Leonard Bernstein

Liner Notes

Leonard Bernstein

Posted by on Jun 12, 2015

Composer, conductor and pianist Leonard Bernstein had a lengthy storied career. His music speaks of the “can-do-ism” of Americans. It crossed through jazz, classical, musicals, television and movies. Bernstein is an iconic figure in our musical heritage.

Willie “The Lion” Smith

Liner Notes

Willie “The Lion” Smith

Posted by on Jun 12, 2015

Willie “The Lion” Smith defined what it meant to be a stride, jazz piano player in 20th century America. As an and African-American Jew, Smith approached the magnitude of WWI, and the early 1900s with a kaleidoscope of perspectives. In this edition of Liner Notes, Rabbi and jazz historian Neil Blumofe, explores what the life, music, and legacy of Smith can teach us today.

Nat King Cole

Liner Notes

Nat King Cole

Posted by on Jun 12, 2015

Singer Nat King Cole is well known for his smooth baritone voice, but he started his career as a jazz pianist. His popularity grew through radio and eventually television as he sang a broad range of tunes, including pop music.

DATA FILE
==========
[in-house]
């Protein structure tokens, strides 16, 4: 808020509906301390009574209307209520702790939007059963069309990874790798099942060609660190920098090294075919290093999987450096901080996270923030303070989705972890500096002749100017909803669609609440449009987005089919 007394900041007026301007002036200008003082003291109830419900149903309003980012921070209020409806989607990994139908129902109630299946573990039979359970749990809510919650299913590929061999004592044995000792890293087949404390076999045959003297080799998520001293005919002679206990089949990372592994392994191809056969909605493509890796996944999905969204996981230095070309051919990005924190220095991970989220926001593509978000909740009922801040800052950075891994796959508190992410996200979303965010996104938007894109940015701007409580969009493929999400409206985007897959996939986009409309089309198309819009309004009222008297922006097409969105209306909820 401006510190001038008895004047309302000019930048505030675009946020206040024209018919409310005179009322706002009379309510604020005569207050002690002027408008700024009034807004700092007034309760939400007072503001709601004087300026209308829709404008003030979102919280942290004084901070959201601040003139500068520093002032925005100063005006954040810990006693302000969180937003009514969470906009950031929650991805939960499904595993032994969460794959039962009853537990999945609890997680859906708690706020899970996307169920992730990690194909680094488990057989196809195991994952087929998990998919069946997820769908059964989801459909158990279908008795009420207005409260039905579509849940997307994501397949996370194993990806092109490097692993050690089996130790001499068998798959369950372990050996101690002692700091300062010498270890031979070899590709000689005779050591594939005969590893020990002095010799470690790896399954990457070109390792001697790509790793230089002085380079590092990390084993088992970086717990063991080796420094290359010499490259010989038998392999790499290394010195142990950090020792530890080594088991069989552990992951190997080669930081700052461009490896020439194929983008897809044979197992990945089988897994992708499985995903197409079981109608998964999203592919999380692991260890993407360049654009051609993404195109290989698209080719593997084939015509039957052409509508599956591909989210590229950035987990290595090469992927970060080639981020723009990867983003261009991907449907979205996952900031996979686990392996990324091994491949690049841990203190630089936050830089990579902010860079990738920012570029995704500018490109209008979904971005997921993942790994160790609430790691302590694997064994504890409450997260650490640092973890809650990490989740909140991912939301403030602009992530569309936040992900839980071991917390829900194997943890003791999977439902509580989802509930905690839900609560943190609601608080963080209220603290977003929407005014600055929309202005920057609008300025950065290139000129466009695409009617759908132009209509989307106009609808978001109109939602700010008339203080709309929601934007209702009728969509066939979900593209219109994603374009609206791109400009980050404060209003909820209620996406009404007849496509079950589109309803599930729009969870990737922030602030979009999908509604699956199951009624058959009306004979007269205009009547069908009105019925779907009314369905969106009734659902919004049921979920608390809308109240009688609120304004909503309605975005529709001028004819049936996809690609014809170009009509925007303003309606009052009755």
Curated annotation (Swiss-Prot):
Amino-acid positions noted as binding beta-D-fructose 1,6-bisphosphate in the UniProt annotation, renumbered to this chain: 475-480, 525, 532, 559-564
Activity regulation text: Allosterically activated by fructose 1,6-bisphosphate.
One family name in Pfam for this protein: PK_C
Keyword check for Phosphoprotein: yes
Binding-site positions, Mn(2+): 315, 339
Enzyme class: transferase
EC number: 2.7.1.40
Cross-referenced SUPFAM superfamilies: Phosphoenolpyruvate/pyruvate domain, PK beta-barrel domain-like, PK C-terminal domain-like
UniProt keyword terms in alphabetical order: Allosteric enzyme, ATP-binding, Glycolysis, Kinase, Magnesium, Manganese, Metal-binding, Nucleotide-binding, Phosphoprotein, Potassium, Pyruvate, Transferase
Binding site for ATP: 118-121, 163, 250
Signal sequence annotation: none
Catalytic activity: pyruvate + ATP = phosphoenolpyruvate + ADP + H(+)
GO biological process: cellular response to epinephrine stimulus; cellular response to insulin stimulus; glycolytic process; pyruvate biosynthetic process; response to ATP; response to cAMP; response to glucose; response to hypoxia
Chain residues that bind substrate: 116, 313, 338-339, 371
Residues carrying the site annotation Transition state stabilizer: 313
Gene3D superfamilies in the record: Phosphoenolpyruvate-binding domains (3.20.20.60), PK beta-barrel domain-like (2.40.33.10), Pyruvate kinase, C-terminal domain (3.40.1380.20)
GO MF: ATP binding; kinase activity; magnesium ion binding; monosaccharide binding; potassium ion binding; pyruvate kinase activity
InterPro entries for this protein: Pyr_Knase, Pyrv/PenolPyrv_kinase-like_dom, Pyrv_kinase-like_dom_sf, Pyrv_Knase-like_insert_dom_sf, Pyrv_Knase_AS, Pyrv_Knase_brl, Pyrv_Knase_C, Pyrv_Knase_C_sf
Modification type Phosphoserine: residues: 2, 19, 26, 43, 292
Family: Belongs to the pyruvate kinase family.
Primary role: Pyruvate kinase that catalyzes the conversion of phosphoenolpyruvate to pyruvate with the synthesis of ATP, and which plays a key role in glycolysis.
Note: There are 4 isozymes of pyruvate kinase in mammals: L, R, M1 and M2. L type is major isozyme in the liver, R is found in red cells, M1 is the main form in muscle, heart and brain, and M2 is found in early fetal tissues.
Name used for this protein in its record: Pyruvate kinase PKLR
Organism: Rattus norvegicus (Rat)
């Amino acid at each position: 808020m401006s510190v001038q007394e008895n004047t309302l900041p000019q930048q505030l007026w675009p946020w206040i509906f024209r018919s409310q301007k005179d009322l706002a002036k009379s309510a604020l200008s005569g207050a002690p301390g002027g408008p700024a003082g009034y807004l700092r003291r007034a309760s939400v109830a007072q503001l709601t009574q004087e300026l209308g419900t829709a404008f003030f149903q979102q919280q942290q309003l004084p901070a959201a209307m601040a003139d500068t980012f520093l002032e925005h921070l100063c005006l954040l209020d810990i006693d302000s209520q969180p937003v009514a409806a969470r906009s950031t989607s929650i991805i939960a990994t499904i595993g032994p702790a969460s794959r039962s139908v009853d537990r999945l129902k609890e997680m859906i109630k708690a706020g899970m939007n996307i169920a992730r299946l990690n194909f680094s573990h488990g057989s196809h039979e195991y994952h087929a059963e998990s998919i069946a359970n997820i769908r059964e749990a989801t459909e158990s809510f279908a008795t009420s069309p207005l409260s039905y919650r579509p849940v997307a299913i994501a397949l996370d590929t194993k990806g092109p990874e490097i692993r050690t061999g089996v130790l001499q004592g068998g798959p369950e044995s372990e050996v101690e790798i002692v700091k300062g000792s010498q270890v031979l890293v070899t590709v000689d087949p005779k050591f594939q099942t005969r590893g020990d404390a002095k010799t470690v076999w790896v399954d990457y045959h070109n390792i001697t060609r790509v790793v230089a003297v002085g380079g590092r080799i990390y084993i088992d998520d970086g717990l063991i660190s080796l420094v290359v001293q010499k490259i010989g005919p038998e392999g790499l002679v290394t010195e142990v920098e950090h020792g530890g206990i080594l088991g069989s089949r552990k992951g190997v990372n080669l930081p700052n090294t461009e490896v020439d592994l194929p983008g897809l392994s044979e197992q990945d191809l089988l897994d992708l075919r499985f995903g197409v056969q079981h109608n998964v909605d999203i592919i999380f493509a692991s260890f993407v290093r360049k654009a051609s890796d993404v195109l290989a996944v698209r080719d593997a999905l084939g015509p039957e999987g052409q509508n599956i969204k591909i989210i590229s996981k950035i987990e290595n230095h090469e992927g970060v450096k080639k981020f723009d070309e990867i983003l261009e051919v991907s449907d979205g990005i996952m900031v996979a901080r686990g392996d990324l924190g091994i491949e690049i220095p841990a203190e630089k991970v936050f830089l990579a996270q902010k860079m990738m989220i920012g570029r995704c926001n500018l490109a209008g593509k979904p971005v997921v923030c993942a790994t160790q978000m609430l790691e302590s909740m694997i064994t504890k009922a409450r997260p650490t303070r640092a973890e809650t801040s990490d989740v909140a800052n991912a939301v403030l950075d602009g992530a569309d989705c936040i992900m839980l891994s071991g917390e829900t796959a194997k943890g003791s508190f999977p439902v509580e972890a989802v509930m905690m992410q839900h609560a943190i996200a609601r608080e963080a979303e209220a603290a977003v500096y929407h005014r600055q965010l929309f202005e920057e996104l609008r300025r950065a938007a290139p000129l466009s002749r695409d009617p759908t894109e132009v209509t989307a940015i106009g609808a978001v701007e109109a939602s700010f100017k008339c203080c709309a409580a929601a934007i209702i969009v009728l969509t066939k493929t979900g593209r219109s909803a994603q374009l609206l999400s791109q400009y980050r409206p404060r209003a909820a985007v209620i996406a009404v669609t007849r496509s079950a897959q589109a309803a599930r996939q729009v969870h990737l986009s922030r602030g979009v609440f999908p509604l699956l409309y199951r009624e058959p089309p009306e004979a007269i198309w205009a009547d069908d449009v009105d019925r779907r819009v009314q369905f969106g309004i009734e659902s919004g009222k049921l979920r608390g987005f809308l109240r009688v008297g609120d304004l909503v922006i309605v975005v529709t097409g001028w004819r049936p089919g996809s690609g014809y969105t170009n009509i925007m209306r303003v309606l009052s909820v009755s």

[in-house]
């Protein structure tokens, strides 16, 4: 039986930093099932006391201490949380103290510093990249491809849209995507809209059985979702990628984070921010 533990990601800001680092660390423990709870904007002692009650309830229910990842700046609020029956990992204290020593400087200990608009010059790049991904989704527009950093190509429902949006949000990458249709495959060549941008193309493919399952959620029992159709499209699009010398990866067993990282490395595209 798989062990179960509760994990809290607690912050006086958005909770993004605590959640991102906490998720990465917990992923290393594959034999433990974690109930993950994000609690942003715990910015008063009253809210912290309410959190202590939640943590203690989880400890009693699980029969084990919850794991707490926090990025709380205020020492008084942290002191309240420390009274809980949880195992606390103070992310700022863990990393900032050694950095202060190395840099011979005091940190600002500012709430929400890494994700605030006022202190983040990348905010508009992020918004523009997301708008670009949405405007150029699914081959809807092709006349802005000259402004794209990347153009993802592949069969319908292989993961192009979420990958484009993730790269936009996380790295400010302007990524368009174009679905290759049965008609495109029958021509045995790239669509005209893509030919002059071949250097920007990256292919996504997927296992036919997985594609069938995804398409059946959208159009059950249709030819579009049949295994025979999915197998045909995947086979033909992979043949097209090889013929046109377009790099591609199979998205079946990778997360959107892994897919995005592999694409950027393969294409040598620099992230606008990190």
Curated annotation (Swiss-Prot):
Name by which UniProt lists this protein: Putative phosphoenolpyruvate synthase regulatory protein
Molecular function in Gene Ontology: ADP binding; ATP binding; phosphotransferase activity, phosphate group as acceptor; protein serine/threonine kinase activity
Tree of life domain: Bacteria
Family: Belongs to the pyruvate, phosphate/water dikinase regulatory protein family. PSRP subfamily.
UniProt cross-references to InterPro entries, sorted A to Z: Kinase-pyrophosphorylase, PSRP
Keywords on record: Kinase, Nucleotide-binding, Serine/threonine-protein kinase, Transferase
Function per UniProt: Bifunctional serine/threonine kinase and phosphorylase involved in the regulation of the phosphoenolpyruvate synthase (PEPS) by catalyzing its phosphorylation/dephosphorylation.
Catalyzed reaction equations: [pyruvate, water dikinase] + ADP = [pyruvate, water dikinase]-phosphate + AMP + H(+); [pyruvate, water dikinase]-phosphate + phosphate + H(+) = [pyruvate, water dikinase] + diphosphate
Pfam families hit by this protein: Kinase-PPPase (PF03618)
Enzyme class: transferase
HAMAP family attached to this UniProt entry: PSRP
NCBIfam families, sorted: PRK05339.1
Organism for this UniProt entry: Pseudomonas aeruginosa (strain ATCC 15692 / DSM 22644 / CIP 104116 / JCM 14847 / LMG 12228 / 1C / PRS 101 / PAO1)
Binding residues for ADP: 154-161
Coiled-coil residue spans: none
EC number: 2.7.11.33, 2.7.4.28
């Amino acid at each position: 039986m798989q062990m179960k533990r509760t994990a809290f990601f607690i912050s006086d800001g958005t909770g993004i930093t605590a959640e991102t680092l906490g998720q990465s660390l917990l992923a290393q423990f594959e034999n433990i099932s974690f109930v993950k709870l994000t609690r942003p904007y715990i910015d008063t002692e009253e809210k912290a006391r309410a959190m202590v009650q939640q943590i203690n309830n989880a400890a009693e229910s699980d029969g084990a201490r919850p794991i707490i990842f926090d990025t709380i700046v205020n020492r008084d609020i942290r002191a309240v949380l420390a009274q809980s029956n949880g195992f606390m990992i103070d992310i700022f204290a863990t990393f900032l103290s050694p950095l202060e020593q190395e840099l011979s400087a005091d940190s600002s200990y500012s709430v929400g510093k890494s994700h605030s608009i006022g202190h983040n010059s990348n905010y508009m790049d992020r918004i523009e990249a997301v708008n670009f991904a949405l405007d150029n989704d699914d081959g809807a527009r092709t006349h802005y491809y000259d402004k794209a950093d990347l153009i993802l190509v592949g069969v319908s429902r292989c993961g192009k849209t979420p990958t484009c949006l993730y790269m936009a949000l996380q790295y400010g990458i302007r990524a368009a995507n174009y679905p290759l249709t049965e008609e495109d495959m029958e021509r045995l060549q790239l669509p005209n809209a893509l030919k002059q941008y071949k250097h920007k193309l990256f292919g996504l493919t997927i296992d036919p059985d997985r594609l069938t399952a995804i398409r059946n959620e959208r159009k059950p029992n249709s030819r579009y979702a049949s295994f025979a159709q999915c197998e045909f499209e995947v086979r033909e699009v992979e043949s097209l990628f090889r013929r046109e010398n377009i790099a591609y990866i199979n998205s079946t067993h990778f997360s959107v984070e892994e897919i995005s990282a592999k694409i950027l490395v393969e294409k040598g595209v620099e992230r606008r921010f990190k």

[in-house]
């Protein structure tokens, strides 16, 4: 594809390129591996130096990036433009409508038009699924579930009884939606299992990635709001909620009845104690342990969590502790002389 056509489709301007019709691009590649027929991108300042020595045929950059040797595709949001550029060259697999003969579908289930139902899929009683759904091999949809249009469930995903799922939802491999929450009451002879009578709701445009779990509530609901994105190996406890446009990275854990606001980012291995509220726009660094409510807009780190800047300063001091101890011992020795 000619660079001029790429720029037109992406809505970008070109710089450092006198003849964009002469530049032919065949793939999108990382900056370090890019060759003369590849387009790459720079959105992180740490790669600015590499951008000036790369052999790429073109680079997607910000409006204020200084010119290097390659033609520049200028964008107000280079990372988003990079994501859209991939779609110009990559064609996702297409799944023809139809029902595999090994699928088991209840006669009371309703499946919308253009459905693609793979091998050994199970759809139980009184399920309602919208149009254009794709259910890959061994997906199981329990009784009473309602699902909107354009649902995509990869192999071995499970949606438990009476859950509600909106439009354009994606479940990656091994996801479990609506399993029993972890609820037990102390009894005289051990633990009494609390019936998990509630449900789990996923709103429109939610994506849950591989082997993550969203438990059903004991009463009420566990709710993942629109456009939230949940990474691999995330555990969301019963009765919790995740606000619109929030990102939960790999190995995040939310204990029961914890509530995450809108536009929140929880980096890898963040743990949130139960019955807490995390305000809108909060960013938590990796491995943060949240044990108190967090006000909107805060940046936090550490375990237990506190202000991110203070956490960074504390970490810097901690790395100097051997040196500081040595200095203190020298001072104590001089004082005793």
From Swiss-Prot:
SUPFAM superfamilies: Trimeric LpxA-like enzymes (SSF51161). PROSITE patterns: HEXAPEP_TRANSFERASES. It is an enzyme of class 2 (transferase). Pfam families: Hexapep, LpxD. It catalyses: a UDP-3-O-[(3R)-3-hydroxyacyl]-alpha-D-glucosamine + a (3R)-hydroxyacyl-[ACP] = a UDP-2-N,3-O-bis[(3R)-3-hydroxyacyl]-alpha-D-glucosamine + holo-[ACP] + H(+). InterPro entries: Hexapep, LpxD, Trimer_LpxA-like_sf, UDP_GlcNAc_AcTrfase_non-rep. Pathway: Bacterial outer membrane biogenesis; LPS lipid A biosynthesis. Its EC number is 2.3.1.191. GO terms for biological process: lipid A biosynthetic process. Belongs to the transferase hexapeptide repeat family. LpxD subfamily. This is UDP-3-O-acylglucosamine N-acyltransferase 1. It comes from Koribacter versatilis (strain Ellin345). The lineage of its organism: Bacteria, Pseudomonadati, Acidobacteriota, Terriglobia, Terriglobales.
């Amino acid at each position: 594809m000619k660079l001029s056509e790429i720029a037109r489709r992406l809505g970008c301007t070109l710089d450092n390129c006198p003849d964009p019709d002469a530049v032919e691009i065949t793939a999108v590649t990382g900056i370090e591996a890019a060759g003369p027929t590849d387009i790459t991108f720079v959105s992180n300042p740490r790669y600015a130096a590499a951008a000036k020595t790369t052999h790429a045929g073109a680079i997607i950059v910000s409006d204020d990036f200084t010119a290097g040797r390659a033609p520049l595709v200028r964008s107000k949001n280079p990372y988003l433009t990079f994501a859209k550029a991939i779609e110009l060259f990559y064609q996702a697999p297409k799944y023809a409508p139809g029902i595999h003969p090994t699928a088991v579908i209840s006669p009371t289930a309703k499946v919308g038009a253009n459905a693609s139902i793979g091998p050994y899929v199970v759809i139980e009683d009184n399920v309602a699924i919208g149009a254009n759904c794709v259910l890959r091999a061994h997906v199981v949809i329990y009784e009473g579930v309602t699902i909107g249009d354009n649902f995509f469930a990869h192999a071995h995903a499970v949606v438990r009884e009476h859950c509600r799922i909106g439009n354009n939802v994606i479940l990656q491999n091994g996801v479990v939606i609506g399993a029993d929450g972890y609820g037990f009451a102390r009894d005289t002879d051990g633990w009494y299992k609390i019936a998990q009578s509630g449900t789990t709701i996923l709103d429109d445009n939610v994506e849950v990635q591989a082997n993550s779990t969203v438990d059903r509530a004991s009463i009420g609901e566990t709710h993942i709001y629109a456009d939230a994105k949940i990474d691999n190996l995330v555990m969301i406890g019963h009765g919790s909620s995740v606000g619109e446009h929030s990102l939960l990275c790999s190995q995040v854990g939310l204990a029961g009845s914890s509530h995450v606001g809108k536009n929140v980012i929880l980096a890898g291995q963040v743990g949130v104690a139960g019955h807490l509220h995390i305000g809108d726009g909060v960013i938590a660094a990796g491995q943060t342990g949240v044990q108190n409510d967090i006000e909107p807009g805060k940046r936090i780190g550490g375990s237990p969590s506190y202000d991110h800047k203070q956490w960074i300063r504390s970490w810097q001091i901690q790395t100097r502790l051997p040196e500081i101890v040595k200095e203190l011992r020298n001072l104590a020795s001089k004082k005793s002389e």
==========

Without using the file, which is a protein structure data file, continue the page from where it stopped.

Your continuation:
Mary Lou Williams

Liner Notes

Mary Lou Williams

Posted by on Jun 11, 2015

Mary Lou Williams was a a giant in the jazz world in the beginning of the 20th century. As an arranger, composer and pianist she worked with Duke Ellington and Benny Goodman and went on to mentor jazz legends like Thelonious Monk, Charlie Parker and Miles Davis.

In this installment of Liner Notes Rabbi, jazz historian and musician Neil Blumofe explores how the idea of a “Mother” can be extended beyond our biological lines to include those who love and nurture us, and help to bring us up in this world so we can in turn help and love others.

Marcus Roberts

Liner Notes

Marcus Roberts

Posted by on Jun 11, 2015

Blind contemporary pianist Marcus Roberts is often compared to many of the great past pianists. He’s a purveyor of jazz now, its innovation and that it’s a forward-looking art. But despite that, you hear the past, present and future in his work.